The Isle of Wight will play host to a variety of sailing events between May and August during Summer 2011, culminating in the popular Aberdeen Asset Management Cowes Week held every August. One of the longest-running events in UK sporting history, the free event attracts 8500 participants and over 100,000 visitors for a week of sailing – including the Extreme Sailing Series, plus parties and live entertainment. RIBEX from 13-15 May, is dedicated to adventure powerboating plus features RIBFEST, a two-night waterside great classic-rock music concert at Cowes Yacht Haven. The Yarmouth Old Gaffers Festival from 3-5 June will see thousands of visitors fill the harbour town as 100 traditional sailing craft, including the Old Gaffers fleet, who take part in racing while spectators enjoy music, singing, food and beer tents. The Round the Island Race on 25 June is the UK’s fourth largest participation sport, with over 1700 boats and 16000 sailors (including Olympic and World Championship talent and a sprinkling of celebrities) taking part in the one-day race. The Isle of Wight promotes its location and strong sailing tradition as proof that the isle is the perfect place for beginners to learn to surf, and offers ‘learn to sail’ packages all year round. More info at www.islandbreaks.co.uk.
Wales adventure holidays are becoming more popular, like at Cardiff Bay’s new International White Water Centre, where the 800-foot aqua race track is the latest development in the ongoing transformation of the capital city’s historic docklands. Kayak and raft lessons here start from £42.
Experience a spring adventure break in Pembrokeshire, West Wales with an adventure package with Activity Wales. One such package includes two nights’ accommodation, full breakfast, and go-karting at a premiere hi-tech indoor track, a paint-balling session set in ten acres of woodland forest, and a hard core Quad Biking session on a twelve-km woodland course filled with twists, turns and obstacles to tackle. Accommodation is set within a bunkhouse on St Davids Peninsula with sea views and an on-site BBQ area.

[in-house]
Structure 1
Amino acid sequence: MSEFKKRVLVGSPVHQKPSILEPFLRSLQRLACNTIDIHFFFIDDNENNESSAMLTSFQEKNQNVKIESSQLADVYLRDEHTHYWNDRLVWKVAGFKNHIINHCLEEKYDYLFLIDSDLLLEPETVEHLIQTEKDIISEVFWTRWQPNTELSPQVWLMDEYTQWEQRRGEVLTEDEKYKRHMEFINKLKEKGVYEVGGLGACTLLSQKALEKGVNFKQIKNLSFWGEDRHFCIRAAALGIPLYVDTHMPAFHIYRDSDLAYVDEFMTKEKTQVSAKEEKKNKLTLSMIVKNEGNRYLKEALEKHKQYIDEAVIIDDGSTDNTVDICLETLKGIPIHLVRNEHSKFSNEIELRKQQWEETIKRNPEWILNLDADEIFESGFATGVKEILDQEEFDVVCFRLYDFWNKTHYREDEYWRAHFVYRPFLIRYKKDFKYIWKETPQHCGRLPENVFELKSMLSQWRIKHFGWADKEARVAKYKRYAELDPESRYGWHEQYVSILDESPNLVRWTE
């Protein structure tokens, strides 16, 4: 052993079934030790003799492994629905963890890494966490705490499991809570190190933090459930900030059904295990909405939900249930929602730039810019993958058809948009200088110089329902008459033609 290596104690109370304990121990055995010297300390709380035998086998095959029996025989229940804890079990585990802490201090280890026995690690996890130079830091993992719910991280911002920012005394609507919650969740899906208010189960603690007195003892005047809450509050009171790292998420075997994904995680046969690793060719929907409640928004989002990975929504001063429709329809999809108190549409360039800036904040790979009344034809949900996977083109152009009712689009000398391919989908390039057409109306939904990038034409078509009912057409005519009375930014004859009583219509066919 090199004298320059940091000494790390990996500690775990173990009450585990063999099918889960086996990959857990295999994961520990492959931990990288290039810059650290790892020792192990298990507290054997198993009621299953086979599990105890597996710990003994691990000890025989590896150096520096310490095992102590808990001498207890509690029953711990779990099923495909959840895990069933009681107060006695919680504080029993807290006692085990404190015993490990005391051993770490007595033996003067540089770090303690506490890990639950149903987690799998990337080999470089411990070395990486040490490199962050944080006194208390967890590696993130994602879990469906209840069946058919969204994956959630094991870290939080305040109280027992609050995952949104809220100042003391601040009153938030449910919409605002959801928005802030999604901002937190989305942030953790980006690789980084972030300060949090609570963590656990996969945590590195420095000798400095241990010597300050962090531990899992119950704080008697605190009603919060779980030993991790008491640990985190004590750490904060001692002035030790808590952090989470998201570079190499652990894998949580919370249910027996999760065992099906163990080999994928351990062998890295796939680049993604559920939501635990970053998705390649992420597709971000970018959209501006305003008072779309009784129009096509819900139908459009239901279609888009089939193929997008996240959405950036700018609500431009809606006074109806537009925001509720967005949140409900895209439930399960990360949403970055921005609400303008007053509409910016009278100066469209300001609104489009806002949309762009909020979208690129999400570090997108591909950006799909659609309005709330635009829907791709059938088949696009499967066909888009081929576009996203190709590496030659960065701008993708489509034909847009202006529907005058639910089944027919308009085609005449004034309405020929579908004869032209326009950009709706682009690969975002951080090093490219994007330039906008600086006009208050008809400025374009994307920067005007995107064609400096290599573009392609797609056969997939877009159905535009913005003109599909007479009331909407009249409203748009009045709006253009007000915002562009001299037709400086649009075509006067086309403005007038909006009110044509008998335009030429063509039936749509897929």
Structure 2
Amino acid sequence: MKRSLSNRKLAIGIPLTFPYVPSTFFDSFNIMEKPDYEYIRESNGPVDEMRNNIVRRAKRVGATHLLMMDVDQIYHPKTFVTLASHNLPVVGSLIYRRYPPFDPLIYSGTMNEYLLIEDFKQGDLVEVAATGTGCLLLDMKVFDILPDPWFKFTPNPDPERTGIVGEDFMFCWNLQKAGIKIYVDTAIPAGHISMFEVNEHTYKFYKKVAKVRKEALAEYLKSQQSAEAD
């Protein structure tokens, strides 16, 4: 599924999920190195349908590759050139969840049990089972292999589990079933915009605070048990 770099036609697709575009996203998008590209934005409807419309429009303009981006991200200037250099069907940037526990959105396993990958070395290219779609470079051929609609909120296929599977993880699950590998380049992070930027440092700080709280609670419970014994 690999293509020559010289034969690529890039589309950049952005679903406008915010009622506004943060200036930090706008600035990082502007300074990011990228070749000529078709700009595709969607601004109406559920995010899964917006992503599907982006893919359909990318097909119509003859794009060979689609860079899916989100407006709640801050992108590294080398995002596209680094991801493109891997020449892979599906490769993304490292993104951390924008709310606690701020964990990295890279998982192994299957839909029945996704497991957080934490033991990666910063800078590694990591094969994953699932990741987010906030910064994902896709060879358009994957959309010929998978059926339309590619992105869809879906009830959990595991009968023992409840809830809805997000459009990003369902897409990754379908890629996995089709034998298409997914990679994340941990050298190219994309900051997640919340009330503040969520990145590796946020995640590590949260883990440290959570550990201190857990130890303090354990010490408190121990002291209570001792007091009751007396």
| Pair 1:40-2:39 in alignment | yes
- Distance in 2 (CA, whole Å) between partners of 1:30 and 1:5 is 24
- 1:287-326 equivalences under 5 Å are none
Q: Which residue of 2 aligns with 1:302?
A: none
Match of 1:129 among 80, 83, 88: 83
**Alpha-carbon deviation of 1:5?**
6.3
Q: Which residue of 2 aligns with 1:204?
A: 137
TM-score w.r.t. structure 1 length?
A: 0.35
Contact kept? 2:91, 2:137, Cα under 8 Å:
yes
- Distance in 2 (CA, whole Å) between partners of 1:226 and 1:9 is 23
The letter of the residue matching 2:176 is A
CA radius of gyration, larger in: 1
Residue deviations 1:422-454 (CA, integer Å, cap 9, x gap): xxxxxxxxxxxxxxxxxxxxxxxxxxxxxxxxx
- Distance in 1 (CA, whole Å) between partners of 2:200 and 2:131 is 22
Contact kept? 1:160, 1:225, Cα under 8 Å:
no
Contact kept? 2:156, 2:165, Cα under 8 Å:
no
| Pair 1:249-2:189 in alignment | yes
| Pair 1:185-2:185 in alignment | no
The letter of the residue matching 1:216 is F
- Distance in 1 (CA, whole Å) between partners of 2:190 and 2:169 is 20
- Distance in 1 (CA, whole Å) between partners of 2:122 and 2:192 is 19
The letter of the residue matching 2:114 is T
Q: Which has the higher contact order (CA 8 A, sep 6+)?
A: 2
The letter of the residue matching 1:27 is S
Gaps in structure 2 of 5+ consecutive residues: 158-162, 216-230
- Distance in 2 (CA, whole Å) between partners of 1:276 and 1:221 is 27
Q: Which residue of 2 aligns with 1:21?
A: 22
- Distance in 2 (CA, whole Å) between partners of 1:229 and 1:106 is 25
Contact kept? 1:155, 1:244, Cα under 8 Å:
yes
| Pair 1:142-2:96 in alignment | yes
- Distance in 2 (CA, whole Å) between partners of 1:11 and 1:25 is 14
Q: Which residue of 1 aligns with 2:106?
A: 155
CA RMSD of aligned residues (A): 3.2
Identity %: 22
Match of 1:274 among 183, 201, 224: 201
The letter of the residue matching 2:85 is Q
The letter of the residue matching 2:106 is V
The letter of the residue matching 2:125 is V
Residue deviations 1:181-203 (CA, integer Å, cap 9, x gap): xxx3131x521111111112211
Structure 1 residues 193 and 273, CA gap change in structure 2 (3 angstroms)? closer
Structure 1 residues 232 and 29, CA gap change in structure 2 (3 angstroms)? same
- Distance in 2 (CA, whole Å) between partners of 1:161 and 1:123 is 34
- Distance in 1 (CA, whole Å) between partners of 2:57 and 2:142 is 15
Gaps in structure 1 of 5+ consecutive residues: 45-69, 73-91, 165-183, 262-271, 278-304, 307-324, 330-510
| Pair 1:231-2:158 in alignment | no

For an entirely original day out, drive a B-Bug in the Brecon Beacons. These ‘bugs’ are powered by rainwater, and if you stay at any hotel located within the Brecon Beacons, you can request delivery of the bugs to your hotel’s front door.
Wales is just a few steps from having an all-Wales coastal path. The most recent opening was the September 2010 opening of the walking route on the Gower Peninsula which stretches from Llanmadoc to Port Eynon, which takes in Worm’s Head and Rhossili Beach – voted one of the best beaches in the UK. The Pembrokeshire Coastal Path is comprised of 186 miles of weather-battered headlands, cliffs and deserted coves, while the Llyn path stretches 91 miles and Anglesey spans 125 miles along the Welsh coast.
With Wales Cycle Breaks, there are plenty of mountain-biking trails through man-made forests and high-intensity fearsome single tracks such as The Beast in Coed y Brenin Forest and The Wall in the Afan Forest Park, which combined have created Wales’ world-class reputation for offroad thrills. Wales has roughly 1,200 miles of National Cycle Network trails, over a quarter of which are traffic free, the longest of which is the 250-mile Lô Las Cymru, from north to south.
The best way to experience the Norfolk and Suffolk Broads (especially during Spring) is by getting out on the water, says Martin Dunford, Norfolk & Soffolk TripBod, but the only way to get really up close to nature is on a guided canoe tour run by Mark Wilkinson (and his dog Mr Darcy), which takes you into silent creeks and dreamy inlets to spot otters, kingfishers and bitterns to your heart’s content. He also runs bushcraft courses and tipi canoe trails. Mark used to sell insurance in London so his new career is an inspiration to wage slaves everywhere!
Easter Sunday will see a new wildlife attraction open in Brockholes, near Preston, Lancashire. The wildlife park has already been featured on BBC Countryfile and won tourism awards.